A heart attack occurs when blood flow to the heart muscle is interrupted. Oxygen cannot get to the heart muscle, causing tissue damage or tissue death.
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A heart attack may be caused by:
- Thickening of the walls of the arteries feeding the heart muscle (coronary arteries)
- Accumulation of fatty plaques in the coronary arteries
- Narrowing of the coronary arteries
- Spasm of the coronary arteries
- Development of a blood clot in the coronary arteries
- Embolism that affects the coronary arteries
These factors increase your chance of developing heart attack. Tell your doctor if you have any of these:
Squeezing, heavy chest pain behind breastbone, especially with:
- Exercise or exertion
- Emotional stress
- Cold weather
- A large meal
- Usually comes on quickly
- Pain in the left shoulder, left arm, or jaw
- Shortness of breath
- Sweating, clammy skin
- Loss of consciousness
- Anxiety, especially feeling a sense of doom or panic without apparent reason
Unusual symptoms of heart attack (may occur more frequently in women):
- Stomach pain
- Back and shoulder pain
If you think you are having a heart attack, call for medical help right away.
Tests may include:
- Blood tests—To look for certain enzymes found in the blood within hours or days after a heart attack.
- Urine tests—To look for certain substances found in the urine within hours or days after a heart attack.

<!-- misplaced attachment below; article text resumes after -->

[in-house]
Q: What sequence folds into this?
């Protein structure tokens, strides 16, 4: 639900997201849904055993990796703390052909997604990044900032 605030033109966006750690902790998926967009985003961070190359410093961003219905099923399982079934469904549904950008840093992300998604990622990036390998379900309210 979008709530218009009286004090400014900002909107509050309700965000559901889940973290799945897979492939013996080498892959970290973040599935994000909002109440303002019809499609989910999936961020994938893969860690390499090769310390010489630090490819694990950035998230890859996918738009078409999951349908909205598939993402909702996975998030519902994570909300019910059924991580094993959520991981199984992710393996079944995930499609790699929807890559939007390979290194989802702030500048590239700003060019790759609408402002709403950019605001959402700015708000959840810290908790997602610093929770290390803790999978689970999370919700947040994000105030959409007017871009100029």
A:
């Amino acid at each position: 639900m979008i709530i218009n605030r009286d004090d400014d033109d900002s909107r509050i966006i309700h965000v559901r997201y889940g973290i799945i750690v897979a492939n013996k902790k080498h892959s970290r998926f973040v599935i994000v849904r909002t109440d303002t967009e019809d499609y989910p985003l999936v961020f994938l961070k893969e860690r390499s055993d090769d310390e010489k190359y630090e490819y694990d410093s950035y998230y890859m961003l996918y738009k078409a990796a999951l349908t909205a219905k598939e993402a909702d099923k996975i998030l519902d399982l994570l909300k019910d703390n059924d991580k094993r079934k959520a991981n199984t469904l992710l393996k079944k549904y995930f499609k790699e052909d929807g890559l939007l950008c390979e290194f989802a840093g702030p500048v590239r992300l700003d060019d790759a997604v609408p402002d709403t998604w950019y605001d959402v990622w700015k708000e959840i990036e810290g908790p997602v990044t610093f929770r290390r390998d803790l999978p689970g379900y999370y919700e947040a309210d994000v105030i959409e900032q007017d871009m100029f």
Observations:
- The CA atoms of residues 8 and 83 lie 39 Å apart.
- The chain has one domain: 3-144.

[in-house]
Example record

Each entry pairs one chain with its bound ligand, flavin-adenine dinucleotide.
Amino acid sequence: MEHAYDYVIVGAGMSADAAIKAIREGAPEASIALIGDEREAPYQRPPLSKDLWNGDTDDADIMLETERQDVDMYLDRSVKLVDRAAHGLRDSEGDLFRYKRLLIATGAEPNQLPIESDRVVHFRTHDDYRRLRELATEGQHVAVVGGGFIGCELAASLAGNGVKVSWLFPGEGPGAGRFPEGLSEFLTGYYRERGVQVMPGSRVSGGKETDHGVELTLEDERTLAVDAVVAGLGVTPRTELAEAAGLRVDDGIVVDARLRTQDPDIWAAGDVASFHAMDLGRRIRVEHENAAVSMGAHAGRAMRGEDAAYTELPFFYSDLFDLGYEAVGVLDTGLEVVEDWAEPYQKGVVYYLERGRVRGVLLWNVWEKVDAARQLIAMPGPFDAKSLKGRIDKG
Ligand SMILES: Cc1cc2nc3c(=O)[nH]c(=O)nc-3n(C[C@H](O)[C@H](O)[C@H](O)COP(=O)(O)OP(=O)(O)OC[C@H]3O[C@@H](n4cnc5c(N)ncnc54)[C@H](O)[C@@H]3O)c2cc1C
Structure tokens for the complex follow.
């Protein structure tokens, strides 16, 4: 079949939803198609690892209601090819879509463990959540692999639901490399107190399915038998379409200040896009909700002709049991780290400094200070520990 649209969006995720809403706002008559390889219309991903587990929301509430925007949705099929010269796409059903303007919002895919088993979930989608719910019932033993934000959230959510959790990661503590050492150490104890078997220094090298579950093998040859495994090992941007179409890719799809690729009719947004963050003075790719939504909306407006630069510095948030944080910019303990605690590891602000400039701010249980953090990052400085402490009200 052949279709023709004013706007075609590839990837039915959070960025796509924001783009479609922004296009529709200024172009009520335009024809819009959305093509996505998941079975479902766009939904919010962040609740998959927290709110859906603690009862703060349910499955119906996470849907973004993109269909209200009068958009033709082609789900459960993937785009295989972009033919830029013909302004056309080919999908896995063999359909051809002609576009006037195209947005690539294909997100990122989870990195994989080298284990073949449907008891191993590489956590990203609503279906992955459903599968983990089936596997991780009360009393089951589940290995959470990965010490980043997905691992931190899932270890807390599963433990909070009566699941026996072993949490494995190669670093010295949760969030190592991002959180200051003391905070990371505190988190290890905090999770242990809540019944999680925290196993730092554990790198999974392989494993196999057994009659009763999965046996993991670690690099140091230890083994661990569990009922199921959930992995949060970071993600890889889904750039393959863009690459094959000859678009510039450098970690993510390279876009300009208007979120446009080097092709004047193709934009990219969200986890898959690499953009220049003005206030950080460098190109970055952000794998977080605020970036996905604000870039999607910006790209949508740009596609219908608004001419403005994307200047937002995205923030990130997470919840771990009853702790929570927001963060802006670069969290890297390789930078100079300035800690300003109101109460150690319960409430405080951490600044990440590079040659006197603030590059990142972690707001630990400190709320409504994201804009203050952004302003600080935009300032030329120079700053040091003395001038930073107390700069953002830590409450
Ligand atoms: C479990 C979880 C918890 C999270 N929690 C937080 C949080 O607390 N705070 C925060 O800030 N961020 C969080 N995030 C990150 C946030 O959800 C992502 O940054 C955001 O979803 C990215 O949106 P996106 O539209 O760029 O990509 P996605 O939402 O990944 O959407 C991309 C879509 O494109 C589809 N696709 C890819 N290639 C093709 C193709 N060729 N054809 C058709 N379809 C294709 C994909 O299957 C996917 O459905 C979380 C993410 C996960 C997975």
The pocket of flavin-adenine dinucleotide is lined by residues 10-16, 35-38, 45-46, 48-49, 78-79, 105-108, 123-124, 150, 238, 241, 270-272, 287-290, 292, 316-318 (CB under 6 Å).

- Electrocardiogram (EKG)
—to look for evidence of blockage or damage.
—to examine the size, shape, function, and motion of the heart.
- Stress test
—Records the heart's electrical activity under increased physical stress, usually done days or weeks after the heart attack.
- Nuclear scanning—show areas of the heart muscle where there is diminished blood flow.
- Electron-beam computed tomography
(EBCT)—to make detailed pictures of the heart, coronary arteries, and surrounding structures.
- Coronary angiography
—Uto look for narrowing or blockage in the coronary arteries.
- Pain-relieving medicine
- Nitrate medicines
Other antiplatelet agents
and/or angiotensin-converting enzyme
(ACE) inhibitor medicines
- Anti-anxiety medicine
- Cholesterol-lowering medicines
(such as statin drugs)
Within the first six hours after a heart attack, you may be given medicines to break up blood clots in the coronary arteries.
If you have severe blockages you may need surgery immediately or after recovery, such as:
recovery, you may need physical or rehabilitative therapy to help you regain your strength.
You may feel
after having a heart attack.
can help relieve
If you have a heart attack, follow your doctor's
Preventing or treating coronary artery disease may help prevent a heart attack.